My dad made it abundantly clear growing up that Star Wars (dir. George Lucas, 1977) is the best sci-fi film of all time, and probably the best film of all time in any genre. But when he introduced me to Blade Runner (dir. Ridley Scott, 1982) I knew: "This! This is my kind of sci-fi." I began to grasp how high-stakes issues greater than any single person could be explored sufficiently and often most effectively in small-scale, interpersonal relationship-based writing. It may sound preposterous to call a futurist film such as this "small scale" but it's this quality that makes a project like this possible. I've seen that Terrell Building miniature model up close and in person at the Museum of The Moving Image in New York city and let me tell you: for a model, the thing is massive and awe-inspiring. But the scaling down and optical trickery of miniatures is what made movies like 2001: A Space Odyssey ( dir. Stanley Kubrick, 1968), Star Wars (1977) and Blade Runner (1982) possible. Not only possible, but I'd argue more convincing and more majestic than anything we've seen recently with green screens and CGI.
8. The Love Witch (2016)
I saw this either at the end of high school or the beginning of college, or maybe somewhere between the two. I swear, after this movie everything changed for me. I finally started to believe that there is nothing that I could not do. I saw Anna Biller, director, producer and craftswoman extraordinaire do only and everything that she wanted to do, and I saw her make it into a cohesive cinematic masterpiece. The production here is as intentional, nuanced and daring as the writing. I'd describe this work as belonging to the "Delicious" genre, and not just because the design is so decadent or because the technicolor is so juicy—it's because it suggests that even if you can't you should at least try to have your cake and eat it too.
9. Per Aspera Ad Astra (1981)
This rare gem I actually stumbled across as a fan-made music video for the band Future Islands, and like most of their other songs it's a total bop! But let's save that for what could potentially become a future post about "audio mood-boards" and OST prospects. It was this thumbnail for the video that caught my eye and the Soviet retro-futurist aesthetic of the video that held my gaze. Again I could say: "This is my kind of sci-fi!!" And beyond genre, it had a playfulness of writing and performing, and a boldness of production that spoke to me in the same way that The Love Witch (dir. Anna Biller, 2016) did. I couldn't imagine anything more magnificent than Blade Runner (dir. Ridley Scott, 1982) meets The Love Witch (dir. Anna Biller, 2016) meets The Fifth Element (dir. Luc Besson, 1997) and I managed to discover it by chance (and with english subtitles might I add). It truly seems as though certain events were put in a certain order so that this film could be made and so that I would find it when I did—it feels like something God made as a gift especially for me.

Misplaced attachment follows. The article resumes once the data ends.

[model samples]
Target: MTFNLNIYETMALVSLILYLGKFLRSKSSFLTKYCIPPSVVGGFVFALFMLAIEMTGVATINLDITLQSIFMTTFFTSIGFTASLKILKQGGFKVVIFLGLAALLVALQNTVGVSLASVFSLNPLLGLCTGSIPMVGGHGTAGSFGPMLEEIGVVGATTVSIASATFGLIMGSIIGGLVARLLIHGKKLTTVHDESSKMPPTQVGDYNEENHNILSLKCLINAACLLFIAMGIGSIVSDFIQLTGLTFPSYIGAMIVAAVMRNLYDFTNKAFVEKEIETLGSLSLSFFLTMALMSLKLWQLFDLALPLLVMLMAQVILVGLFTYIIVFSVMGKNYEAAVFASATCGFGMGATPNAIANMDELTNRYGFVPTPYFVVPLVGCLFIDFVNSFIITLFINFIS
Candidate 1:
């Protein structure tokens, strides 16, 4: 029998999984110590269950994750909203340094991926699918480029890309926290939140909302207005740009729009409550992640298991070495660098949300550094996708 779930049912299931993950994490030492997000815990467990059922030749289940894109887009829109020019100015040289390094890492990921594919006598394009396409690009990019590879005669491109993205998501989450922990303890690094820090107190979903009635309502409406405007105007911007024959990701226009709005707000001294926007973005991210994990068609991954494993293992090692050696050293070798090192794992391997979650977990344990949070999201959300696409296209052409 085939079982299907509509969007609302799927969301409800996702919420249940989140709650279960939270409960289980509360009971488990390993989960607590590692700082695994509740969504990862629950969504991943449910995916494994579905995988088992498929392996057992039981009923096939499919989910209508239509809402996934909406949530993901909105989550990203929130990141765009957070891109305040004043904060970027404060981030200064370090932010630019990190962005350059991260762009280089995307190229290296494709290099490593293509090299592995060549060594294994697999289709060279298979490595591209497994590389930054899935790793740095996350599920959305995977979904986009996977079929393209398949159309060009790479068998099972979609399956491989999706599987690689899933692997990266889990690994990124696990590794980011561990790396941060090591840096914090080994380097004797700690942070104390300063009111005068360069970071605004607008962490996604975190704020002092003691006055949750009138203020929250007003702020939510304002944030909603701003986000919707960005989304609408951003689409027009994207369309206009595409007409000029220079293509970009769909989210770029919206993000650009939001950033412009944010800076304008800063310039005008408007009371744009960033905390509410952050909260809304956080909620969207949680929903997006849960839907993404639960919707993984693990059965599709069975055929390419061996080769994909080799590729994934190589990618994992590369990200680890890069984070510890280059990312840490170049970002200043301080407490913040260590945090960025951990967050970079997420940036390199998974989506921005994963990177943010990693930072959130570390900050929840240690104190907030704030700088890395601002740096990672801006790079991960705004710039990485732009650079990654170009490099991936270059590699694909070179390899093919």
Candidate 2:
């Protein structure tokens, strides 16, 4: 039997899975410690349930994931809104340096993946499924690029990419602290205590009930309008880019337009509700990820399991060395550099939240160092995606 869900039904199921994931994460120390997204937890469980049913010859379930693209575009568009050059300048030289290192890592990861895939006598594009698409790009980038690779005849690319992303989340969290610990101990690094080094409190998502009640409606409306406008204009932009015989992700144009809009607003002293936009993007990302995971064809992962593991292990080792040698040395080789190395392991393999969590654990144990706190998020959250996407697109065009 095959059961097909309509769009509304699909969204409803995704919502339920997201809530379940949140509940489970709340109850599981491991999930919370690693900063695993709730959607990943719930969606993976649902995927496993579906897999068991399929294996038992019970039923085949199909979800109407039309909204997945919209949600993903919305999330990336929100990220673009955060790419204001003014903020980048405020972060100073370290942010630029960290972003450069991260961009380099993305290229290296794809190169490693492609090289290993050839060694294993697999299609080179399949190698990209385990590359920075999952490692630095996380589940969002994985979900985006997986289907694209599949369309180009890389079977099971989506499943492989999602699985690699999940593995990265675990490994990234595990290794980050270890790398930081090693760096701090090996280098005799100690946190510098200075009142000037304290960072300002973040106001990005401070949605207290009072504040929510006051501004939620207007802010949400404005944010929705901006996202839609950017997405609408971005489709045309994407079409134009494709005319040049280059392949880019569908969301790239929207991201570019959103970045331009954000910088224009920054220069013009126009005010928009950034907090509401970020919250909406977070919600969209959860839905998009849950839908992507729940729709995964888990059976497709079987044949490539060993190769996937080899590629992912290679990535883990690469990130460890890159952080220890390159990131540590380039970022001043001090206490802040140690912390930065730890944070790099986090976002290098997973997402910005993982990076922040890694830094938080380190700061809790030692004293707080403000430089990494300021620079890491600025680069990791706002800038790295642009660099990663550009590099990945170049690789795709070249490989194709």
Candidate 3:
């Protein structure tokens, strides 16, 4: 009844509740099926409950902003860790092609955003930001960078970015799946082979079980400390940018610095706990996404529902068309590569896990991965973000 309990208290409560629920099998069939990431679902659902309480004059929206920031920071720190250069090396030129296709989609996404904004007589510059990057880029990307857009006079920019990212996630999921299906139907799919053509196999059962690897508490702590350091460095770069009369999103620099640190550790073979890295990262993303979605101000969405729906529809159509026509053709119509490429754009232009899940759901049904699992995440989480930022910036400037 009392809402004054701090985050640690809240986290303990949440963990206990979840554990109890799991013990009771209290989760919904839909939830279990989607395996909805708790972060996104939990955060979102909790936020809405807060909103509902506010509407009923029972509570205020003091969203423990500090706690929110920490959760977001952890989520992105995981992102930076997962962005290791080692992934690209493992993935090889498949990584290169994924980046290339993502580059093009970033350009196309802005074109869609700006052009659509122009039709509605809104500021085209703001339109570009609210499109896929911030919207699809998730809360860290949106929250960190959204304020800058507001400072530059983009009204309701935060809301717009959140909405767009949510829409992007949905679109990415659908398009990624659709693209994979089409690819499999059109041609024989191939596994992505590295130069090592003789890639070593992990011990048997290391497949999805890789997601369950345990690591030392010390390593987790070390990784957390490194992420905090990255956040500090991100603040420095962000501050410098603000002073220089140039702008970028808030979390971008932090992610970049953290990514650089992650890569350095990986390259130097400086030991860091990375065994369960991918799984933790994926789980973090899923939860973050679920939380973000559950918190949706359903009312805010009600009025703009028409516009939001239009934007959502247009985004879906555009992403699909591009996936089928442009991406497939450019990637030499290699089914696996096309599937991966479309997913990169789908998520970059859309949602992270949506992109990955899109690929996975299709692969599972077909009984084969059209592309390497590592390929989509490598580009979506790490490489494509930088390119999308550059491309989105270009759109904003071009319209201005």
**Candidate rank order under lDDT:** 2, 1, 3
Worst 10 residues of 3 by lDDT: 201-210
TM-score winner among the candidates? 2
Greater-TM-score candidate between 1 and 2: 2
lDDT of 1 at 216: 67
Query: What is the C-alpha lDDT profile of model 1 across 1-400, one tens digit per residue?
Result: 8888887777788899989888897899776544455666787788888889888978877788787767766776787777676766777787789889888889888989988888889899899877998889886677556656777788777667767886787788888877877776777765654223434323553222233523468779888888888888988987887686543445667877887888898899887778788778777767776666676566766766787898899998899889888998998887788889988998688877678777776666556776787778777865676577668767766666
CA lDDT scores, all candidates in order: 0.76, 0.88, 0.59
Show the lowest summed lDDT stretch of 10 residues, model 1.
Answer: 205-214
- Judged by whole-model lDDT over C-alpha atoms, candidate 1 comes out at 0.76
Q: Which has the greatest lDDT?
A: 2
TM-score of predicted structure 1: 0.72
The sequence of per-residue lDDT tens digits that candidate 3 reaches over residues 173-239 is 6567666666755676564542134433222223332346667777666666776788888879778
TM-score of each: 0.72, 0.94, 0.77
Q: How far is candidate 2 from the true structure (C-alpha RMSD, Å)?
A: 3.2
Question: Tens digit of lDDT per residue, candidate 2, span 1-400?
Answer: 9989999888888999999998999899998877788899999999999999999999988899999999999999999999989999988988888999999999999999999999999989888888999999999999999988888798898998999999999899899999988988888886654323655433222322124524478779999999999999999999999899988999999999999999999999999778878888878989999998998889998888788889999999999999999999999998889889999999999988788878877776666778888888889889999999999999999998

10. Three Billboards Outside Ebbing, Missouri (2017)
This film manages to make this town a microcosm for just about everything wrong with America today, and it still manages to have heart and humour and most of all compassion. I still believe that, for the screenplay at least, this is the best film made in the past three years and I've seen Midsommar (dir. Ari Aster, 2019) and The Lighthouse (dir. Robert Eggers, 2019). This film I also discovered by accident, a couple days after New Year's 2018. A different childhood friend and I were visiting Toronto to spend the holidays with family and friends. Us two decided to go see Lady Bird (dir. Greta Gerwig, 2017) which we both related to very much and enjoyed deeply. Now picture this: we're just sitting there through the end credits in our cushy red seats, delaying our inevitable return to the chilly night air and snowy outdoors. We're talking over what we just saw and reminiscing about the high school days it reminded us of when lo and behold another feature has started! We find ourselves entranced by the quiet, chirping image of a misty dawn over a field totally barren except for three weathered billboards. Next thing you know I've been swept up in the ruckus of shouting, doors slamming and police sirens. What really seems to drive this piece though, is having a lot of people, each in a great deal of pain cooped up together, wondering who's going to answer for each of their personal hardships. I said to myself "This! This is how I want to tell stories." This is how I want to write stories. This is how I want to picture stories. This is how I want to frame stories. It is so much more than what the facts are—because we have devastating stories told on the news every day and the over-saturation and emotional or physical distance has made us numb to each others' suffering. It is the proper structuring of a story that allows us to feel the weight of that story and to understand its implications. This is how I learned why it's important that I be a filmmaker at all.